Tech Tip: When Drums Lock Up – UnderhoodService
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Tech Tip: When Drums Lock Up

Drum brakes that occasionally lock up should not be ignored, but a relatively recent drum-brake-lockup condition is often dismissed because it doesn’t happen all the time. Since it’s usually not present by the time a technician gets to look for its cause, it’s often tempting to suggest the customer simply live with it ….

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Drum brakes that occasionally lock up should not be ignored, but a relatively recent drum-brake-lockup condition is often dismissed because it doesn’t happen all the time. Since it’s usually not present by the time a technician gets to look for its cause, it’s often tempting to suggest the customer simply live with it.

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But the condition, sometimes called “drum brake morning sickness,” shouldn’t be ignored. Unlike customary causes of drum-brake lockup, like worn backing plates where shoe table edges contact the backing plates, there’s usually no visible evidence of this condition’s cause when the customer reaches your shop. This is one of many situations where getting complete information from the customer is vital in determining what’s going on.

WHAT CAUSES IT
Factors that can cause short-term, early in the driving day, drum-brake lockup include dampness, or high humidity (causing light corrosion), and excessive heat. This condition is not uncommon in Ford F-Series pickups with hard-working rear drum brakes in rainy areas (though it’s not limited to Fords or trucks.) It’s also more likely when using brake shoes with a high metallic content. And if the drums are either new or freshly resurfaced – so there’s little or no friction material embedded in them – the condition is even more likely, as the surfaces may develop a thin film of corrosion. This isn’t good news if you’ve just done a rear-axle hang-and-turn job: The customer knows you were the last one inside the drums!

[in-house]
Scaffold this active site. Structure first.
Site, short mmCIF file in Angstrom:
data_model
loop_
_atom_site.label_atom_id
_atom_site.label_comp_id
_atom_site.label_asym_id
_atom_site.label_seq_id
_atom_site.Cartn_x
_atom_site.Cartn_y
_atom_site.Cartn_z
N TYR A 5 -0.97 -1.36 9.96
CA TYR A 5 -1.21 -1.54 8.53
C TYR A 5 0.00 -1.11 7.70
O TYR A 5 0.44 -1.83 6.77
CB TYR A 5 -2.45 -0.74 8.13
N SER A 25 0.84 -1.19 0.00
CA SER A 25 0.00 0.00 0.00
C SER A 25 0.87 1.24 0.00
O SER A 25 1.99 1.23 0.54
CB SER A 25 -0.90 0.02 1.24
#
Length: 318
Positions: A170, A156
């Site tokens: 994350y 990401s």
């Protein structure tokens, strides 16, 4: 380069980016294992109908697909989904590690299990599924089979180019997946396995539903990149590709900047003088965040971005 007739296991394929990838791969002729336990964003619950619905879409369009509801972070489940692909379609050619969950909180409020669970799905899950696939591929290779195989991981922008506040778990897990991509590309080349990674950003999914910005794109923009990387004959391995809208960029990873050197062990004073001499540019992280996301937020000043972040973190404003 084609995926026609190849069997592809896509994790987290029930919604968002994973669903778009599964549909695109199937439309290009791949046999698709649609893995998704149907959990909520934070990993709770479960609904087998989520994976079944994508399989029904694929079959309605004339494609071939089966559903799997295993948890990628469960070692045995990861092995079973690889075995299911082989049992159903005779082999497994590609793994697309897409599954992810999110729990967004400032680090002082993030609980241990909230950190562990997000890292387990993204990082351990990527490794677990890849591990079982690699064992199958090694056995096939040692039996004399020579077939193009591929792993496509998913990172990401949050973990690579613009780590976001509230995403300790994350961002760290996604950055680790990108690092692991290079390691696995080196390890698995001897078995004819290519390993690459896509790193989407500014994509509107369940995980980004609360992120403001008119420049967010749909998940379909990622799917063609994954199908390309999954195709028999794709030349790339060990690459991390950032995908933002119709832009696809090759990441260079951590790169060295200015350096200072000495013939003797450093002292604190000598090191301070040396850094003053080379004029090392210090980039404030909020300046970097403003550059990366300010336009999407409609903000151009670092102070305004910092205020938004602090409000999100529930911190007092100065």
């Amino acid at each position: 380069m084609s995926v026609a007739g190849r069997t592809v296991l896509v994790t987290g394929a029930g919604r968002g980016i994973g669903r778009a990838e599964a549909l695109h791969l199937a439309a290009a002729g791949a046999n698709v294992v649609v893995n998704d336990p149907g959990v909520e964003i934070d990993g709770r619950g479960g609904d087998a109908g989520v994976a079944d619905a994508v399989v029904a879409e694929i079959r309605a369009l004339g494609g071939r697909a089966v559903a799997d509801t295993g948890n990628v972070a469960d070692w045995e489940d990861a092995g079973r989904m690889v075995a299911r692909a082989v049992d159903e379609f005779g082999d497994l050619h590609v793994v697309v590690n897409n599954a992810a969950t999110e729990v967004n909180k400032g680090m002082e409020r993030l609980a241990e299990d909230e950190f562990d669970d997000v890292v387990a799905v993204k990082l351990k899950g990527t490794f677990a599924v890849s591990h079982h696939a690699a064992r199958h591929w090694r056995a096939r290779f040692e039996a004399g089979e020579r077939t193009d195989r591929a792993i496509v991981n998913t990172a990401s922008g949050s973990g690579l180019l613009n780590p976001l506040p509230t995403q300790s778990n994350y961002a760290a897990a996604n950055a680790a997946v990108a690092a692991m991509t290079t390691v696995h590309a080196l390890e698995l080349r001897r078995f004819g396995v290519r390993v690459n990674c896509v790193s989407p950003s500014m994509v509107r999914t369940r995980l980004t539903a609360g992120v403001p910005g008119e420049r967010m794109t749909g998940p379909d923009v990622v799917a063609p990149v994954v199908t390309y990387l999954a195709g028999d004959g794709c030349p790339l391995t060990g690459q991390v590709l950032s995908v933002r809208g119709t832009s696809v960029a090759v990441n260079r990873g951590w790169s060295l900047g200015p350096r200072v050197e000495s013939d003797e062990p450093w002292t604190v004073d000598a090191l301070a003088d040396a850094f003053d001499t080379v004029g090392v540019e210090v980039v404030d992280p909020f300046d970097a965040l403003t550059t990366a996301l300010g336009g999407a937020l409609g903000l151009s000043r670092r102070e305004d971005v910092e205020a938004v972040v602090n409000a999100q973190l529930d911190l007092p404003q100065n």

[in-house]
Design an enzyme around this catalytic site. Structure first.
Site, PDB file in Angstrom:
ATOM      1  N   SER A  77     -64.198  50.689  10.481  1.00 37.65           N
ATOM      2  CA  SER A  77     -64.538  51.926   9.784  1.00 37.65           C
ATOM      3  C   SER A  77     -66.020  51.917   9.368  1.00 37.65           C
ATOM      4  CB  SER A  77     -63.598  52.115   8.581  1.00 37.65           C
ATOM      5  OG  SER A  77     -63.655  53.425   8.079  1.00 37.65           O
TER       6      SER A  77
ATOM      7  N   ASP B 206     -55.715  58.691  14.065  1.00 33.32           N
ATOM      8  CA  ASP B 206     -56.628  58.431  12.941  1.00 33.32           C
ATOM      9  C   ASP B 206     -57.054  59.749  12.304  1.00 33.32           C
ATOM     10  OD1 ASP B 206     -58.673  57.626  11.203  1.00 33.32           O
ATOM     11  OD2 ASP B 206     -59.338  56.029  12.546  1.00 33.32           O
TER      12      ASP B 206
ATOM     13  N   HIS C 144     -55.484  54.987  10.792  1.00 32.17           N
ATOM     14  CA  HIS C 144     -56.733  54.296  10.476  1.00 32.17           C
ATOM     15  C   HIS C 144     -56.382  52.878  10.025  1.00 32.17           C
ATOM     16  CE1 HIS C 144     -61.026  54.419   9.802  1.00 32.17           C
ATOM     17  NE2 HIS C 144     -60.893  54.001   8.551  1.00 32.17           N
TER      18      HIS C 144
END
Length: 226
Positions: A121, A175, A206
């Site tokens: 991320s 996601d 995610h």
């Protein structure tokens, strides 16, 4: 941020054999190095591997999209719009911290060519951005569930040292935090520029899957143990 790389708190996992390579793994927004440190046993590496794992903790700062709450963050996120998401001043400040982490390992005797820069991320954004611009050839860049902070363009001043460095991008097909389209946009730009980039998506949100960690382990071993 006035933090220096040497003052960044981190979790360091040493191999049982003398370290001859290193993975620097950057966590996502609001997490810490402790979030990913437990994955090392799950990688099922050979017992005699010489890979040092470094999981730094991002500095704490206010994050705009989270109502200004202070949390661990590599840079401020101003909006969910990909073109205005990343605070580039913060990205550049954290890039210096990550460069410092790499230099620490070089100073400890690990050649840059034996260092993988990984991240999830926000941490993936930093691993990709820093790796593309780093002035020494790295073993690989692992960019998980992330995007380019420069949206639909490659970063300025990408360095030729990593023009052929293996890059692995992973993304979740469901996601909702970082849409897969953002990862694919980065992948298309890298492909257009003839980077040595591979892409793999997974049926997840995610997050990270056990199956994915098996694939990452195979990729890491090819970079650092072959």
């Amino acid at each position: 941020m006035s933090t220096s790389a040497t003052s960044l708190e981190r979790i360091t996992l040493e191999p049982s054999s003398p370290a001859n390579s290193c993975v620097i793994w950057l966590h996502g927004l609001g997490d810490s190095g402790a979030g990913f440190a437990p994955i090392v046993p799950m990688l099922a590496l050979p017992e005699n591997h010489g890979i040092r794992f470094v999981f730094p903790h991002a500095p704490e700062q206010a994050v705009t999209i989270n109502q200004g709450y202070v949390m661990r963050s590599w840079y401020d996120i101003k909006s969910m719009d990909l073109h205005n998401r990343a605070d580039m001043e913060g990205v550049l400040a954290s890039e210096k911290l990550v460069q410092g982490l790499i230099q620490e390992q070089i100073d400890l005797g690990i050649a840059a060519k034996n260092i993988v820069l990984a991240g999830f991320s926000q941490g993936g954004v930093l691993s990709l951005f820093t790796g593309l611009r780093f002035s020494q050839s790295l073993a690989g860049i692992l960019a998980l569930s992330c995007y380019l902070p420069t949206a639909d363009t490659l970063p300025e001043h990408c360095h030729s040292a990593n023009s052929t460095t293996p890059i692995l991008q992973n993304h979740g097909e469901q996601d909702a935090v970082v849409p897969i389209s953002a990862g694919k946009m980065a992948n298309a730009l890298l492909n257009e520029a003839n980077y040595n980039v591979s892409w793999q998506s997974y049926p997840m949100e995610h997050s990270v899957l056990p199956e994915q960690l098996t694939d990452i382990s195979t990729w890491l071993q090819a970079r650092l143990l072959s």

CONTROLLING THE PROBLEM
You can’t do much about rain or high humidity, but you can help lessen drum and shoe surface corrosion by verifying that all adjustment slots or knockout holes in backing plates or drums are properly plugged. And verify the lining to drum clearance and the parking brake adjustment are within specification.

If drums are new or just resurfaced, let the customer know the condition should improve after a short break-in. You may even suggest a few gentle stops or snubs (light brake applications slowing the vehicle without coming to a complete stop) to warm, burnish and help dry the brakes, first thing in the morning.

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But prevention is your best strategy, and this is a matter of using quality parts: Select quality drums, and lubricate backing-plate ledges sparingly with Bendix Ceramlub brake lubricant. And make sure the brake shoes you use aren’t prone to surface oxidation: The friction formulation in Bendix brake shoes has been engineered to help prevent the formation of grabby surface corrosion, even in humid conditions.

Courtesy of Bendix by Honeywell.

For more information and brake tips, visit www.bendixbrakes.com.

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